Our newest senior editor, Steve Madden, might seem an unlikely
NASCAR nut. An Ivy Leaguer from Boston, he spends much of his
free time climbing mountains, kayaking rivers and winning
masters' swimming medals. His ride? A mud-caked 1991 Honda Civic
wagon. But Madden knows auto racing inside out, having spent a
good part of his 10-year journalism career covering cars and
drivers. He is, by his own admission, "a racing junkie."
This is an article from the Nov. 25, 1996 issue
Thus Madden was the ideal person to execute the production of
our first auto racing annual, SPORTS ILLUSTRATED PRESENTS: The
1996 NASCAR Winston Cup Championship, a 160-page magazine that
commemorates the 1996 Winston Cup season, previews the 1997
competition and celebrates the series that draws the highest
average attendance--172,000 fans per event last year--of any
sport in the U.S. "We knew that the person to launch this
project needed a crewman's understanding of the technical
aspects of the sport, a fan's enthusiasm and a vision of how to
blend those together," says SI Presents editor David Bauer.
"Steve has all of that."
The issue, which will be available on newsstands throughout the
country starting next Monday, covers this year's 31 Winston Cup
races, from February's Daytona 500 to this month's season-ending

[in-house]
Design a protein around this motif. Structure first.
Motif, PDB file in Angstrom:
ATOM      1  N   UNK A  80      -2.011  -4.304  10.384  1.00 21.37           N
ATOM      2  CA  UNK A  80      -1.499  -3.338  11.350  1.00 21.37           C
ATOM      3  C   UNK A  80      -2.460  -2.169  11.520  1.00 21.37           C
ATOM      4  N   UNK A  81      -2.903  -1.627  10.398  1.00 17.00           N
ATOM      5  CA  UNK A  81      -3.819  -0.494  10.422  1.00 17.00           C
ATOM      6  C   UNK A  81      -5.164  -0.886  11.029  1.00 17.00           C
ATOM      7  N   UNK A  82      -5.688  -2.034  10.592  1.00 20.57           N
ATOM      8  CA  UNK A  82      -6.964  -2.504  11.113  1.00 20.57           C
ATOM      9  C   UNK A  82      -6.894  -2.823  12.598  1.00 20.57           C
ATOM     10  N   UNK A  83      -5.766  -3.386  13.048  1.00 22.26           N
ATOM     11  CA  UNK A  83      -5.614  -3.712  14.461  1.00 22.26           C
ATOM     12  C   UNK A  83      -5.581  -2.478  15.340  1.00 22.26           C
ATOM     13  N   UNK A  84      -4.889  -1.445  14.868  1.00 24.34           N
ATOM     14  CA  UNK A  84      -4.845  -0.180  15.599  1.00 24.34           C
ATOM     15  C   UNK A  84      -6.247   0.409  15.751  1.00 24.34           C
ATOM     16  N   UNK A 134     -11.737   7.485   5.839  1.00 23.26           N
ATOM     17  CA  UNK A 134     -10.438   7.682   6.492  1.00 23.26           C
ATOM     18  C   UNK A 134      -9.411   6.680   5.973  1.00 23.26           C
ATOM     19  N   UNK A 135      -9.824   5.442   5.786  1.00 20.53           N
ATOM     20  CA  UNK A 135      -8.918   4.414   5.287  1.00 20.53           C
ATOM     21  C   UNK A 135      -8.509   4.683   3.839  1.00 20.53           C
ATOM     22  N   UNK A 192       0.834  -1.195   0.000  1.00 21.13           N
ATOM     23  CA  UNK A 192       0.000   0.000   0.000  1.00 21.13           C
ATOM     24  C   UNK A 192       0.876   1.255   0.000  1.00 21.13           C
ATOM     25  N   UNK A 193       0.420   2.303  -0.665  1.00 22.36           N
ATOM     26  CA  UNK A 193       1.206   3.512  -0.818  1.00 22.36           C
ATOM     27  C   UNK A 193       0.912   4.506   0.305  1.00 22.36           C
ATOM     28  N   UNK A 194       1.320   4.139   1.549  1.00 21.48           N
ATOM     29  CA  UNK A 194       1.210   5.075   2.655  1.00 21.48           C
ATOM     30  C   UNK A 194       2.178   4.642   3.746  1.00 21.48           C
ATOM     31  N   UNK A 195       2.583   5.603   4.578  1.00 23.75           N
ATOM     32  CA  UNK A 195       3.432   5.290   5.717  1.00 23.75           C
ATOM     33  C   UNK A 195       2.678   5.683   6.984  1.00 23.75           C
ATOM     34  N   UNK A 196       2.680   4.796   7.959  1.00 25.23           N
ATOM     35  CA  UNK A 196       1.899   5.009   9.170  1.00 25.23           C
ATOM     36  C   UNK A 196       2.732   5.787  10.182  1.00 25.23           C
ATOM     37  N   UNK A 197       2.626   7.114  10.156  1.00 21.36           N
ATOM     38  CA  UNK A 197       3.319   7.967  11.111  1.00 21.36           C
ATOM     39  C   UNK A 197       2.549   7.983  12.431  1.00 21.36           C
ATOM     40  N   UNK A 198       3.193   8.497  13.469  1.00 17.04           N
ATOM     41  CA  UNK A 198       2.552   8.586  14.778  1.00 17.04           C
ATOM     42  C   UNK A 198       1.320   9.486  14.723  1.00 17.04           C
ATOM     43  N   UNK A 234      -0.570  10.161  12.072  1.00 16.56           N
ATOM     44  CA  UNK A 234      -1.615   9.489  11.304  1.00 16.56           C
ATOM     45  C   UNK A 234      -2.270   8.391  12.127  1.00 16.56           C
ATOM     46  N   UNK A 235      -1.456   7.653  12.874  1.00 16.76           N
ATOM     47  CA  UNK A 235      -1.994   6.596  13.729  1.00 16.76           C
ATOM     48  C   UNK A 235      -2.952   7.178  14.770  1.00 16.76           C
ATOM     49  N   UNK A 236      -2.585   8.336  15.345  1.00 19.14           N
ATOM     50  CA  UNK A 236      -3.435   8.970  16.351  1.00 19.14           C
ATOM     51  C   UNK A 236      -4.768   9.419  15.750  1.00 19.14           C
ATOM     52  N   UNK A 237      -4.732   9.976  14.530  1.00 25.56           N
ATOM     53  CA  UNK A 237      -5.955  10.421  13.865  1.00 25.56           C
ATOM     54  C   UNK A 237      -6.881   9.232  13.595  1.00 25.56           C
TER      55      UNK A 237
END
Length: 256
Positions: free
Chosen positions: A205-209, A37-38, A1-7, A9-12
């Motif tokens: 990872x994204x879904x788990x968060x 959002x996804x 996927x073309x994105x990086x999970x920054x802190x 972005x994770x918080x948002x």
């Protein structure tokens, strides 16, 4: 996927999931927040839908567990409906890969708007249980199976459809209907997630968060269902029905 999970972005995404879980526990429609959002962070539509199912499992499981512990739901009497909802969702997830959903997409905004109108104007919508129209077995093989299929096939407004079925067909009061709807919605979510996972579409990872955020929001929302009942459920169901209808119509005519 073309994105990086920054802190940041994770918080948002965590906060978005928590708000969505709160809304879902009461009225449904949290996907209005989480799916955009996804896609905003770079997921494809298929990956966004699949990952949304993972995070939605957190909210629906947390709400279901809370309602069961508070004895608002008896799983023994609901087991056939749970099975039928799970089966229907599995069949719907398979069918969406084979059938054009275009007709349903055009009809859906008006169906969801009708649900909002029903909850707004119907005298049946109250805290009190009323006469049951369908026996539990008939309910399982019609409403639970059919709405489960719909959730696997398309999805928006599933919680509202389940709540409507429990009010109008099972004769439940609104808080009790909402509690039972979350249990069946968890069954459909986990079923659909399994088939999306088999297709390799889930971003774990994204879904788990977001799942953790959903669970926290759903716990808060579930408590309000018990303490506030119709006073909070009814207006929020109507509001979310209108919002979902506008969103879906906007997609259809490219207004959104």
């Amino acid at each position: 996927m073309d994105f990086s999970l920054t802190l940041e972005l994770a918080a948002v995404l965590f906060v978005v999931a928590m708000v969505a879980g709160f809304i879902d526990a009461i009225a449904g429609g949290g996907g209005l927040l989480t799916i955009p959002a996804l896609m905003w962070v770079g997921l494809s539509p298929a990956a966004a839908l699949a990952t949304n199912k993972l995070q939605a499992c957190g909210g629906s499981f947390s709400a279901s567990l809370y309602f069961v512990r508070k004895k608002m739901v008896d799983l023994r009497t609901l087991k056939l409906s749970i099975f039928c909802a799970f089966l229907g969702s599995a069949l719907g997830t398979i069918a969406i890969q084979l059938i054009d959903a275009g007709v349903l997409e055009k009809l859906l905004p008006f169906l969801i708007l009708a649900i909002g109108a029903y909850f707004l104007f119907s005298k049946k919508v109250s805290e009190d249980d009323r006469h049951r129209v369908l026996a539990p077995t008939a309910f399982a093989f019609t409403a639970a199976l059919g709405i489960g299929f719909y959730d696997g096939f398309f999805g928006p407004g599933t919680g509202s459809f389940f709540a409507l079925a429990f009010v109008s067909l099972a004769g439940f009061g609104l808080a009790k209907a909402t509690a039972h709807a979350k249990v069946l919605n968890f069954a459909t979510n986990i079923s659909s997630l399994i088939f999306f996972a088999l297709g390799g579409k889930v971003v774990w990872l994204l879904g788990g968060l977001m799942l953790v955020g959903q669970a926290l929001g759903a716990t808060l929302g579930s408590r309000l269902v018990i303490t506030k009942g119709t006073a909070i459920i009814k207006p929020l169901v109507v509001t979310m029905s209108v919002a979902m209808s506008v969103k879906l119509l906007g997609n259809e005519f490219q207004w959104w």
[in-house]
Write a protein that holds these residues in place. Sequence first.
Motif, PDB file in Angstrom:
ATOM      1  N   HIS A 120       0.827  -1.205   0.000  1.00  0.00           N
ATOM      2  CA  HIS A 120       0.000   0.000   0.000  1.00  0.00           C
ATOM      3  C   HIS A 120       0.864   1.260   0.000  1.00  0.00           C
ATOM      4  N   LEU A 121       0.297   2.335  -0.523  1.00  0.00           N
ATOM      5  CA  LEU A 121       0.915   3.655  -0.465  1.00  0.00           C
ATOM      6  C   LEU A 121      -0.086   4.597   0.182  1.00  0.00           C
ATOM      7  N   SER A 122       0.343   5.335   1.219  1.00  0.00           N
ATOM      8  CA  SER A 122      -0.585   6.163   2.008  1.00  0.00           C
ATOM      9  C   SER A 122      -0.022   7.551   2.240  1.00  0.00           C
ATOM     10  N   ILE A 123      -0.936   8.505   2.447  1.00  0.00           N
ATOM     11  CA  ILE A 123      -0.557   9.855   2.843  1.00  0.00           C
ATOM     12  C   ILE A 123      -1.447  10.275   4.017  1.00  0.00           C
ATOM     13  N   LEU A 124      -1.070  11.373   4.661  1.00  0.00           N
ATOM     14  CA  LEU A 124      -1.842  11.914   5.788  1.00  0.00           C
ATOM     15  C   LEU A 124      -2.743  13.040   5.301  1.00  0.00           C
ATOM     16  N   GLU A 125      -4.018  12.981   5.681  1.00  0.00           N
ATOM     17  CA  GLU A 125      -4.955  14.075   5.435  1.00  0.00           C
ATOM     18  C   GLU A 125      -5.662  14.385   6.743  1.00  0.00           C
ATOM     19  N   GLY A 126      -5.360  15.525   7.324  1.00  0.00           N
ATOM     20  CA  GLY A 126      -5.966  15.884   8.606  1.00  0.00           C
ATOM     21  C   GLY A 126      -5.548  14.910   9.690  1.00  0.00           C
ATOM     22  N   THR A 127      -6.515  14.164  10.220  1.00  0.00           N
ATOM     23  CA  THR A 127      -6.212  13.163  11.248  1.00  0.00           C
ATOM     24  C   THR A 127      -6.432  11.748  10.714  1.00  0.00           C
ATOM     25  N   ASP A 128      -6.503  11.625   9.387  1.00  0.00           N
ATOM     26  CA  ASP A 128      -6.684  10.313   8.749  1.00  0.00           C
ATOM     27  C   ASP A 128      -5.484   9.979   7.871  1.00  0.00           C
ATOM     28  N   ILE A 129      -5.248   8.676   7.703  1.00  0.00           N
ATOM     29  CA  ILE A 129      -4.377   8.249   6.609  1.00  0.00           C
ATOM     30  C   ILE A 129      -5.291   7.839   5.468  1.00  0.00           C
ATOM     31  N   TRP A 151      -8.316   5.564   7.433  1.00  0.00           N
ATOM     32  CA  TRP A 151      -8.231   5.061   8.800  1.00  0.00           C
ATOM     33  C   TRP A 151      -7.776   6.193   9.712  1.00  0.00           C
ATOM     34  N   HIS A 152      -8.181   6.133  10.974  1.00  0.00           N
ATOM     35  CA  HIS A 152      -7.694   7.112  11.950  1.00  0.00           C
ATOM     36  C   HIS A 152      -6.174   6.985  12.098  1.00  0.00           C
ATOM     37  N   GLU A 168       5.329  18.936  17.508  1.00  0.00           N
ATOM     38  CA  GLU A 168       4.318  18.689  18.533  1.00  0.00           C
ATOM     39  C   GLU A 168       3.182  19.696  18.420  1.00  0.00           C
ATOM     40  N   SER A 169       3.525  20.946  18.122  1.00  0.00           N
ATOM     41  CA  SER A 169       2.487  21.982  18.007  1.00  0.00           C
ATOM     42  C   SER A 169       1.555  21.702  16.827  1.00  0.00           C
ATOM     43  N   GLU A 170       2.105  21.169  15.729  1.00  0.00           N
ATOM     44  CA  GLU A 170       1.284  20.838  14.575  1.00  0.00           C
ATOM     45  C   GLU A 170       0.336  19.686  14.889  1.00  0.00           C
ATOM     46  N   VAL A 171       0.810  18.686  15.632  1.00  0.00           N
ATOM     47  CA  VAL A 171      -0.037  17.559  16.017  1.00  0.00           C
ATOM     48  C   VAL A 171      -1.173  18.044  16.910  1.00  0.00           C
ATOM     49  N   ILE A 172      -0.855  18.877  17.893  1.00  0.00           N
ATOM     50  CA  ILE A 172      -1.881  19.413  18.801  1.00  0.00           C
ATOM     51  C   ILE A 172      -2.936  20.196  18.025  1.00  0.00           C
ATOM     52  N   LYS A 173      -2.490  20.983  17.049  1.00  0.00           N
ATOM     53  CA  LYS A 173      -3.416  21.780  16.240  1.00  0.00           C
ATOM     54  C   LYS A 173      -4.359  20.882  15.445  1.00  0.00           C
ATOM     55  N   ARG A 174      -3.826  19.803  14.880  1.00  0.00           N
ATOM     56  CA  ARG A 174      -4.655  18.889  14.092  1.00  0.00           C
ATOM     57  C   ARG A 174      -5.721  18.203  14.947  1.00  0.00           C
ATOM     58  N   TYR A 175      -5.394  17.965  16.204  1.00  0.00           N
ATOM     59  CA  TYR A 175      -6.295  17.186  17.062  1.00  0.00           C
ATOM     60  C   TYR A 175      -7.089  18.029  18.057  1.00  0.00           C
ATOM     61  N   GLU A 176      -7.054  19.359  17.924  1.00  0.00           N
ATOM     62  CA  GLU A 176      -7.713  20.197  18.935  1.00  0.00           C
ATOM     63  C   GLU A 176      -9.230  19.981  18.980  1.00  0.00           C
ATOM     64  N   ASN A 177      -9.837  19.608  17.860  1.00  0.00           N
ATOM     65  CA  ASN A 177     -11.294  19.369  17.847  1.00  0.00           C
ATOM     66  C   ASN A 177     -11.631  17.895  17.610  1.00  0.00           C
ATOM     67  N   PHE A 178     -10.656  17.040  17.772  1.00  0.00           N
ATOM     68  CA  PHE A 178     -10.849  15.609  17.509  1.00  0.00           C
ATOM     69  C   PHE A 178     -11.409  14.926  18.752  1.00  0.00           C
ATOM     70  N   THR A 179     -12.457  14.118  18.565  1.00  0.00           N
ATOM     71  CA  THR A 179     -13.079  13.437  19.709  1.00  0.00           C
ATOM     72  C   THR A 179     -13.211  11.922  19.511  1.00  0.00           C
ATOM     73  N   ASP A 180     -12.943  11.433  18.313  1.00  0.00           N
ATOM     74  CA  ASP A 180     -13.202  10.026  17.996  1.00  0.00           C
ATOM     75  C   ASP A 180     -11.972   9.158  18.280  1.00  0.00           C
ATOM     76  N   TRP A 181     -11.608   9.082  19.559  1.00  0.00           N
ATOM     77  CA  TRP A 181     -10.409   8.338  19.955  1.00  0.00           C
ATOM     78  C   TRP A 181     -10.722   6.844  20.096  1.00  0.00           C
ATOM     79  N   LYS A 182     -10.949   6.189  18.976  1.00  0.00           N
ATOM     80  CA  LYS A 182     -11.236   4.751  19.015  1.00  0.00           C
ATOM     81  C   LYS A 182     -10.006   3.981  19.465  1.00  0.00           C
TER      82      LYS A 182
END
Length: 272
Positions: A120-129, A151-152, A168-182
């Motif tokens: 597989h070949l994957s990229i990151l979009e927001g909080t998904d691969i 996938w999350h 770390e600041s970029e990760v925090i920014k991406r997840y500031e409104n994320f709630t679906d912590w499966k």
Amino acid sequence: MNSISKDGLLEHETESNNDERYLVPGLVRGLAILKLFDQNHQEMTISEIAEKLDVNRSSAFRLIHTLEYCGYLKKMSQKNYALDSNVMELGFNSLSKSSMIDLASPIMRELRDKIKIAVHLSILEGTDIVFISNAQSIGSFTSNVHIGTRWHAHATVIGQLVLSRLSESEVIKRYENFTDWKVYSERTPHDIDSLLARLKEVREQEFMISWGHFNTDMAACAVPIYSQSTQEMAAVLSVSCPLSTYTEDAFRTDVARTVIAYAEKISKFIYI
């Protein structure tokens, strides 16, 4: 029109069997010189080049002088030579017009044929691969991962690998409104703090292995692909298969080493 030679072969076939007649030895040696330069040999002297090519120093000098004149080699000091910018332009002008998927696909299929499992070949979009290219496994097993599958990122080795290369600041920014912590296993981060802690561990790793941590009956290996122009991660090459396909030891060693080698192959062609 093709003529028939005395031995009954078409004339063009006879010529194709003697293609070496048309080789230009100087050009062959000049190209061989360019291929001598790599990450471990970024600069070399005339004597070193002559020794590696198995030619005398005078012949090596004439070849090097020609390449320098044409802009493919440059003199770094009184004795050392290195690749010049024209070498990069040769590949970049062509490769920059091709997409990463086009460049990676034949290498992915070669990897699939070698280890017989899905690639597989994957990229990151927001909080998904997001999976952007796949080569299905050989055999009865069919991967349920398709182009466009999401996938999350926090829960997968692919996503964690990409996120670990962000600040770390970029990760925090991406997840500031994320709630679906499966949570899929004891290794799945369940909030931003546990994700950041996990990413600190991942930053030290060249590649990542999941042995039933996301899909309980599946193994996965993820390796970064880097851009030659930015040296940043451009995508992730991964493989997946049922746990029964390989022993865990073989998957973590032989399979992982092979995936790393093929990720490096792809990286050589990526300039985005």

NAPA 500, and profiles each of the top drivers. It also
describes changes that are expected to affect the series in '97,
such as new rules and new tracks. All of this is accompanied by
the dramatic photography that is an SI hallmark.
Madden, 33, evolved into a racing diehard after his 1986
graduation from Cornell. In his first job, as a reporter for
Fortune, he covered the auto industry for three years. When he
moved to the now-defunct men's lifestyle magazine M as a writer
in 1989, he was assigned to follow driver Emerson Fittipaldi
during a racing season that would see Fittipaldi win both the
Indy 500 and the CART title. The highlight for Madden came at
that year's Detroit Grand Prix, when Fittipaldi went from dead
last to the checkered flag after puncturing a tire in the first
lap when he and Mario Andretti collided. "It was an incredibly
exciting race," says Madden. "That's when I became a huge fan."
Before beginning a five-year stint as the editor and then
editor-publisher of Cornell's alumni magazine in 1991, Madden
spent a summer hanging out with CART star Danny Sullivan with an
eye to collaborating on an autobiography of the driver (a
project that never came to fruition). Madden, an endurance
swimmer who has three times traversed Chesapeake Bay and a
mountaineer who has climbed Kala Patar in the Himalayas, gained
from Sullivan a new respect for the rigors of motor sports. "I
was one of those guys who didn't think of race-car drivers as
athletes," he says. "But Danny changed my mind. Driving on an
18-degree angle at 195 miles per hour for three hours through
heavy traffic--that takes enormous skill, stamina, concentration
and knowledge. Not to mention acute vision."
As the driver of our NASCAR issue, Madden has displayed no small
measure of skill, stamina, concentration and knowledge. And we
think fans will like the results of his vision.